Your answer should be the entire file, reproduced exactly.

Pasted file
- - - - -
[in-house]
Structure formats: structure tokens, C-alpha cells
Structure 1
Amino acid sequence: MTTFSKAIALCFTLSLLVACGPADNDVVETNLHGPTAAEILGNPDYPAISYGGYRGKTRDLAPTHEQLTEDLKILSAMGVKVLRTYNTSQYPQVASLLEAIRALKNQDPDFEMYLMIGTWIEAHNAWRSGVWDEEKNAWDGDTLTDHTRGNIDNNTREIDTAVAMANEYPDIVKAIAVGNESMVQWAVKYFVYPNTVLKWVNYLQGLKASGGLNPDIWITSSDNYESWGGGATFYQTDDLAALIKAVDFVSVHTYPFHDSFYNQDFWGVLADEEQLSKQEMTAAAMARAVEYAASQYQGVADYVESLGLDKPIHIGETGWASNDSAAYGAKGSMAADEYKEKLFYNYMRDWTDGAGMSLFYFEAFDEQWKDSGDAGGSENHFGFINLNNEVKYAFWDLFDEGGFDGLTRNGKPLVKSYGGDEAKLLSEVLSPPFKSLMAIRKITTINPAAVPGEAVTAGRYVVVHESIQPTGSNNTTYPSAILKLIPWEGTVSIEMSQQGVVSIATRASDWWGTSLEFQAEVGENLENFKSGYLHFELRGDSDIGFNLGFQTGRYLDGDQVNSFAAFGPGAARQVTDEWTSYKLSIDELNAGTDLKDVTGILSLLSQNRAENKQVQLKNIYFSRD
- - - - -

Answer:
[in-house]
Structure formats: structure tokens, C-alpha cells
Structure 1
Amino acid sequence: MTTFSKAIALCFTLSLLVACGPADNDVVETNLHGPTAAEILGNPDYPAISYGGYRGKTRDLAPTHEQLTEDLKILSAMGVKVLRTYNTSQYPQVASLLEAIRALKNQDPDFEMYLMIGTWIEAHNAWRSGVWDEEKNAWDGDTLTDHTRGNIDNNTREIDTAVAMANEYPDIVKAIAVGNESMVQWAVKYFVYPNTVLKWVNYLQGLKASGGLNPDIWITSSDNYESWGGGATFYQTDDLAALIKAVDFVSVHTYPFHDSFYNQDFWGVLADEEQLSKQEMTAAAMARAVEYAASQYQGVADYVESLGLDKPIHIGETGWASNDSAAYGAKGSMAADEYKEKLFYNYMRDWTDGAGMSLFYFEAFDEQWKDSGDAGGSENHFGFINLNNEVKYAFWDLFDEGGFDGLTRNGKPLVKSYGGDEAKLLSEVLSPPFKSLMAIRKITTINPAAVPGEAVTAGRYVVVHESIQPTGSNNTTYPSAILKLIPWEGTVSIEMSQQGVVSIATRASDWWGTSLEFQAEVGENLENFKSGYLHFELRGDSDIGFNLGFQTGRYLDGDQVNSFAAFGPGAARQVTDEWTSYKLSIDELNAGTDLKDVTGILSLLSQNRAENKQVQLKNIYFSRD